This is the second of these ‘book biography’ blog posts and it just happens to be a fairly brief one. Here is a copy of the What to Look for in Autumn book that is owned (and has been kindly lent to the exhibition) by Julia Waters. Julia works in Modern Lanugauges and European Studies so there is no obvious connection between her career/profession and ownership of this book. It seems that, as she herself has noted, that she simply ‘loved it as a child’.
As with the copy I blogged about in the first post on this theme, Julia’s copy is an early edition that features the characteristic Ladybird patterned inside covers. Alongside this patterned interior, the corner of the flyleaf again reveals that early price of 2’6.
The tan-coloured stains of old sticky-backed tape marks in the photograph above and in the one below both reveal an earlier history of use. Was this copy once in an institutional collection, hence the laminated finish? What was the tape intended to adhere to these inside covers? We will almost certainly never know the answer to these questions but they certainly begin to highlight some of the subtle archaeologies of artefacts that careful visual examinations like this can highlight.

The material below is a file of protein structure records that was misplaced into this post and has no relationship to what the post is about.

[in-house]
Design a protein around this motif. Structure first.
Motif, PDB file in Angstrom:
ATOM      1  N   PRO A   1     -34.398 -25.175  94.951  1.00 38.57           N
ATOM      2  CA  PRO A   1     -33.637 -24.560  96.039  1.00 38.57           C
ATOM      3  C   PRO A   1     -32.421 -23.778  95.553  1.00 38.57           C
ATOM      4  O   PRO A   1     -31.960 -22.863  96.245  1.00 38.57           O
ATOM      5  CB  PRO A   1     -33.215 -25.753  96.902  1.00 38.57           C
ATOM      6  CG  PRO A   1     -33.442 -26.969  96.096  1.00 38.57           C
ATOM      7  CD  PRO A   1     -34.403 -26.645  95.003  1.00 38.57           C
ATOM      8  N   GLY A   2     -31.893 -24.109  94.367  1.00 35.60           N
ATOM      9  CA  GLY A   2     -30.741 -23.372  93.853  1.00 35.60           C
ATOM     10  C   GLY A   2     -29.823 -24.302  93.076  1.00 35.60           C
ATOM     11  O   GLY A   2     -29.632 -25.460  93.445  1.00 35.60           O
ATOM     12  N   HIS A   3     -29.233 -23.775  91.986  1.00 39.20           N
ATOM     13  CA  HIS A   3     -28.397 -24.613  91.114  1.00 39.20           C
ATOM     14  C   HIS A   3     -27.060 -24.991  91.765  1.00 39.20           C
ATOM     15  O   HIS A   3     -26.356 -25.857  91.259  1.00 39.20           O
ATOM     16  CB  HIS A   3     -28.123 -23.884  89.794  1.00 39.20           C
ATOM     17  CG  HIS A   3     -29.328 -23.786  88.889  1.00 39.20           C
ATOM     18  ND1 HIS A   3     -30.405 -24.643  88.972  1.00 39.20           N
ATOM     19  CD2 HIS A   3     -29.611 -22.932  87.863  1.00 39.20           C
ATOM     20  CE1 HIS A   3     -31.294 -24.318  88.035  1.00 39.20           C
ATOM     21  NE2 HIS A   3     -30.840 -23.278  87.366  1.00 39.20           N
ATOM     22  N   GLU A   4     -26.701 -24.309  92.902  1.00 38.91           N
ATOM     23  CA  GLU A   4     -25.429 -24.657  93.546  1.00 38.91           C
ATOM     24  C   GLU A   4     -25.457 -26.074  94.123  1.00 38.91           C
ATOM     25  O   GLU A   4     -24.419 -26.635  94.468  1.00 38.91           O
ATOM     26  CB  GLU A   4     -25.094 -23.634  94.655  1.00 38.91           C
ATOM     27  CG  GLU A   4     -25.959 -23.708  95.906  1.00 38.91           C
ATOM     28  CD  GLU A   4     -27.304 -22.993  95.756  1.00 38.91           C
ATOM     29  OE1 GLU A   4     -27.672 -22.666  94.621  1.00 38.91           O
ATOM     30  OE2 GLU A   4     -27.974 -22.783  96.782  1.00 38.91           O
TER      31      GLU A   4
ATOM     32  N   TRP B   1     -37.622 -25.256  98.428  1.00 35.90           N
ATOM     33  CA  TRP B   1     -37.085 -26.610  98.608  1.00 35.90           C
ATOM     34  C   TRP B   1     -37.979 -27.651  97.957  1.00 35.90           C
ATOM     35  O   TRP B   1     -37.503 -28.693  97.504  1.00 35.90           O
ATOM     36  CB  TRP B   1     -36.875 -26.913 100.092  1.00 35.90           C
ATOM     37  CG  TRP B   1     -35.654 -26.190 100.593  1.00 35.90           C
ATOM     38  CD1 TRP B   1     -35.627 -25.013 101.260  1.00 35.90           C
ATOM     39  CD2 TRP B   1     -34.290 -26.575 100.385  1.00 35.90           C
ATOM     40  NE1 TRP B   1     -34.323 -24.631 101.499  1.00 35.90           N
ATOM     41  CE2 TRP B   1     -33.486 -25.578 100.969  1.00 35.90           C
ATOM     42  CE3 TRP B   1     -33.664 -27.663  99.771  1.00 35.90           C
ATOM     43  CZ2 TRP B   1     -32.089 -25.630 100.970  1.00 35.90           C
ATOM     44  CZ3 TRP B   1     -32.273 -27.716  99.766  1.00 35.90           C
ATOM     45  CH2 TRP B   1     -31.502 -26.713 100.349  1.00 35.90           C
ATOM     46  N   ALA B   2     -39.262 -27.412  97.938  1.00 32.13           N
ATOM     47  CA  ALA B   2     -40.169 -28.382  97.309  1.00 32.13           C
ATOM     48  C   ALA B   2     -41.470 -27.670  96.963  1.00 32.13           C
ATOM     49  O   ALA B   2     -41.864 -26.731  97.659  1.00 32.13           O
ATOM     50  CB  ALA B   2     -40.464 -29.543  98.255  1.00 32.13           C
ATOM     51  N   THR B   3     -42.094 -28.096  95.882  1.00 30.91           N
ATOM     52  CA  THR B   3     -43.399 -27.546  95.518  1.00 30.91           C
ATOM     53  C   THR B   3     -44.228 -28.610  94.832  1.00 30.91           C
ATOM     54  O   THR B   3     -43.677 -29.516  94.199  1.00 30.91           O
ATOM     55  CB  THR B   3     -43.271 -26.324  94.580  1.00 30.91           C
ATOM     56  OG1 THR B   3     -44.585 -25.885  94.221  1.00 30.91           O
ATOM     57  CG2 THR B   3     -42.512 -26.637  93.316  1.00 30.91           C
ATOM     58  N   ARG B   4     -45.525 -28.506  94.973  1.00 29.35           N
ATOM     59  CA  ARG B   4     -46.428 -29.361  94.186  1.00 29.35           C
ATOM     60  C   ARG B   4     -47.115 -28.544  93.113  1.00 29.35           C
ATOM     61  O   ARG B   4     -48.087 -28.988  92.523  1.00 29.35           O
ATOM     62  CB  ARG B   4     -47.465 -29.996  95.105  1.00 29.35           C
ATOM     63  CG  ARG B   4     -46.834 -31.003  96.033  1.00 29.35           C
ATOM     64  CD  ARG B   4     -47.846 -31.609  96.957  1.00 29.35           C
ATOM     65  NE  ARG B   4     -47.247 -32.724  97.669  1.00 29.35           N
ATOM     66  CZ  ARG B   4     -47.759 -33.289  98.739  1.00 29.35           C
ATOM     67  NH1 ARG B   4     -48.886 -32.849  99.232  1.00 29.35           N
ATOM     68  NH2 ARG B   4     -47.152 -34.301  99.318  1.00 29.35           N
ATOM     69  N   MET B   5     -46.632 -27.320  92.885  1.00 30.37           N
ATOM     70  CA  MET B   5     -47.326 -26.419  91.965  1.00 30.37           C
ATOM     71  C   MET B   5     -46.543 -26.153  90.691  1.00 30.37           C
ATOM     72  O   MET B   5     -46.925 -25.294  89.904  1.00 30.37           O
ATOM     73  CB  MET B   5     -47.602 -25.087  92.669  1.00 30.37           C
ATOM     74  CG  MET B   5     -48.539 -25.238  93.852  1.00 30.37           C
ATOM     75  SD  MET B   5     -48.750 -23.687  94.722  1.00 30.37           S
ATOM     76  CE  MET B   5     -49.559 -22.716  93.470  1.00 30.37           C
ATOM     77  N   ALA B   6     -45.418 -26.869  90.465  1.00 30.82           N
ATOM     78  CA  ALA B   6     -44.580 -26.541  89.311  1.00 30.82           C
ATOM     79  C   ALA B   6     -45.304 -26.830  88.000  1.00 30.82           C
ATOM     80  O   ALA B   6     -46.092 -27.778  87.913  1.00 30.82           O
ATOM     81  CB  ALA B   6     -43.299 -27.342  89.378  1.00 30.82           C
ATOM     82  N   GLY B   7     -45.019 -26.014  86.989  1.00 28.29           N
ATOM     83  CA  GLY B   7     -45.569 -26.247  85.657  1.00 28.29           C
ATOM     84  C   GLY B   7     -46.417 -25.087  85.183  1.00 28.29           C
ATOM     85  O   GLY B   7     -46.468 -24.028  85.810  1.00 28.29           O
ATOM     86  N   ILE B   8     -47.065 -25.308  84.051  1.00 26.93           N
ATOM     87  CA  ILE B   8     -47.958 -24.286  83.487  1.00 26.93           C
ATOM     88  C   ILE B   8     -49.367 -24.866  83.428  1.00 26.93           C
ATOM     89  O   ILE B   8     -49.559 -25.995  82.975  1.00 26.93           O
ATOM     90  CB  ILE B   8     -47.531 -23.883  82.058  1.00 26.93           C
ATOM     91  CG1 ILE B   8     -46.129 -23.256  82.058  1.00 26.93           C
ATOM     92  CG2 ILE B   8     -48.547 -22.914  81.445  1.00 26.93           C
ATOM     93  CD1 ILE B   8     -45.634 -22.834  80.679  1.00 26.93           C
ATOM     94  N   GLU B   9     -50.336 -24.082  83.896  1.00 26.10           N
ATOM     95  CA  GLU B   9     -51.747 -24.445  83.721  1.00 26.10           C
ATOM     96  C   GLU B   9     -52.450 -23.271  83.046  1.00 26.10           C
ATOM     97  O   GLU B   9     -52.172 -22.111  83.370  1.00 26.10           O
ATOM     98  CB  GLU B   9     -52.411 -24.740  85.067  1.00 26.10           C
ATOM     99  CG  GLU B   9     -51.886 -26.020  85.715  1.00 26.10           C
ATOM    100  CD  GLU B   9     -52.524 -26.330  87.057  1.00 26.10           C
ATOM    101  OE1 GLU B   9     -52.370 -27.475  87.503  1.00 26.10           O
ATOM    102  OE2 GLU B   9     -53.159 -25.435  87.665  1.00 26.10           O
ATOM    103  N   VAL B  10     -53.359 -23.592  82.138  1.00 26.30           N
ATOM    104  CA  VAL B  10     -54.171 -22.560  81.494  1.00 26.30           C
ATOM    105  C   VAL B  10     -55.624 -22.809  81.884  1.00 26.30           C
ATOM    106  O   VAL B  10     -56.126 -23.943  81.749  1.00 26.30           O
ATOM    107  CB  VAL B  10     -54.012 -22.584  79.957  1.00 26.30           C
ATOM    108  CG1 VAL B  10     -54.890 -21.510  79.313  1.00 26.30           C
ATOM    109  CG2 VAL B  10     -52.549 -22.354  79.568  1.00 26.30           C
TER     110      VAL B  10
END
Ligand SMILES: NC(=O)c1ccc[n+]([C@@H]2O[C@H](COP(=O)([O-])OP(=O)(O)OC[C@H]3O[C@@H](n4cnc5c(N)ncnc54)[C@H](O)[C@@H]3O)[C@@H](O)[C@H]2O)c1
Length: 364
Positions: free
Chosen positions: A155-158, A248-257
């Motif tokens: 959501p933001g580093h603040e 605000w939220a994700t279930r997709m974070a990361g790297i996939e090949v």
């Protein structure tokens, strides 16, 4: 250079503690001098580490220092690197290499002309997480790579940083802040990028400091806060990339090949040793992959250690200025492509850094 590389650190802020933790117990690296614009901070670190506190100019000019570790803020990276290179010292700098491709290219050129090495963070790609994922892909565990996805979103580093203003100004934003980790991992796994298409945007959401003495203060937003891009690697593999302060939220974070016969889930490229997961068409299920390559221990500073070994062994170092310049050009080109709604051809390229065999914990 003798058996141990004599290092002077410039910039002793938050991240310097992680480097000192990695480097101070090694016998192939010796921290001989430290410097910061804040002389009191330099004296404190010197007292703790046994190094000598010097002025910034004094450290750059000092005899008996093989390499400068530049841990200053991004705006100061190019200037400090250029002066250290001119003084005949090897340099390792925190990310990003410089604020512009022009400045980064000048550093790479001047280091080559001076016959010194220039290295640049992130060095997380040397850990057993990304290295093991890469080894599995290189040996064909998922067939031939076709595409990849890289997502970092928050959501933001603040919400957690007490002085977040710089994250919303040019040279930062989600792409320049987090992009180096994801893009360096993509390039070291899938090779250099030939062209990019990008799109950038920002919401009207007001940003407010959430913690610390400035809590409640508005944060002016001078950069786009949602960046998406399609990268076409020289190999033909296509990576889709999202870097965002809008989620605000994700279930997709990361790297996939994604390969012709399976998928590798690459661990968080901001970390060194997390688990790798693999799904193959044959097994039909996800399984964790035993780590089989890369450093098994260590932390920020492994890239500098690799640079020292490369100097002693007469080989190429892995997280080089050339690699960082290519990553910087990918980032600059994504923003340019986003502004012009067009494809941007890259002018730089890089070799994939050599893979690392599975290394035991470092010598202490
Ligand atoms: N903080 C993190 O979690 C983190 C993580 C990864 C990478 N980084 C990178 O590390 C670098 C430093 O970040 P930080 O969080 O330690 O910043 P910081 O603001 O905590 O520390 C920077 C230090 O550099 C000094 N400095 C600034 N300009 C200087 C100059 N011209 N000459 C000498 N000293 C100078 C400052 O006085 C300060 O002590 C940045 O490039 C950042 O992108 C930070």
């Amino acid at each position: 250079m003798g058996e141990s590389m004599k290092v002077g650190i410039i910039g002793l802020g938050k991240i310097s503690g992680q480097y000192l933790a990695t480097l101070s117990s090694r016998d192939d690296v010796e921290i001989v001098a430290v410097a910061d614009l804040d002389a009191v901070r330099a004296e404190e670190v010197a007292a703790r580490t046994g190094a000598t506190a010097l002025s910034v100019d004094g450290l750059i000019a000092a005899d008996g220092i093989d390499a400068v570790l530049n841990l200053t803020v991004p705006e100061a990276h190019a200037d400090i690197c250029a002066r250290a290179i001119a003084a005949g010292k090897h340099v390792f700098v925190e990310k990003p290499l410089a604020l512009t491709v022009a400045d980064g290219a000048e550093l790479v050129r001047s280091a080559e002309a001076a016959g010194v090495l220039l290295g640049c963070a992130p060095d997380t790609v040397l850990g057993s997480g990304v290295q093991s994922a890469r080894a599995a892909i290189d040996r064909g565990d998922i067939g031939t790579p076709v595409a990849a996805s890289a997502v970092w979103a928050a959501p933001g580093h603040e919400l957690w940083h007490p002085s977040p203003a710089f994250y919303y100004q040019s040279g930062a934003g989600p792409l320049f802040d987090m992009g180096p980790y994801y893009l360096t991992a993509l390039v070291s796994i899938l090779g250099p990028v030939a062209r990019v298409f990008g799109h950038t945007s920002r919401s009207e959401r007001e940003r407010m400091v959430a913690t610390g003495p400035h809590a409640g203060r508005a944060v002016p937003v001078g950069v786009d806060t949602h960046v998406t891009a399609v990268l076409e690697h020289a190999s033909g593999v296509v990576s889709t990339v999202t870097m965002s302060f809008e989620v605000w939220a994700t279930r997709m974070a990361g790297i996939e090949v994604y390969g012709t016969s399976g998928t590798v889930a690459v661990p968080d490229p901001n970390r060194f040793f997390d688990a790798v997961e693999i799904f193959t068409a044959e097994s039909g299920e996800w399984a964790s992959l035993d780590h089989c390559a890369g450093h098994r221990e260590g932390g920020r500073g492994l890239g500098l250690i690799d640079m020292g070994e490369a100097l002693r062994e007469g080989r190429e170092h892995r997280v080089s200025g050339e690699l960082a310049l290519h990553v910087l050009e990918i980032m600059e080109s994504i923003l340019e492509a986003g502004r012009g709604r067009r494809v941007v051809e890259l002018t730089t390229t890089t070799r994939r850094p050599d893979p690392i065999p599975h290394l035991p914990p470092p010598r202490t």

As Julia obtained her copy as a child and her copy has clearly had a ‘prehistory’, what this certainly indicates is that Julia obtained her copy second hand. In other words (and without seeking to reveal anyone’s age on an exhibition blog!) the book predates Julia herself. This also goes some way towards illustrating the enduring popularity of these books, which have been loved and will continue to be loved by subsequent generations of young readers.
Whatever the earlier history of this particular copy might have been, as with Fiona Cummin’s example this volume is set to have a familial path of descent as it is also much loved by Julia’s 6-year-old daughter on whose shelf it normally lives when not on loan to MERL! Thanks to Julia and her daughter for letting us borrow it.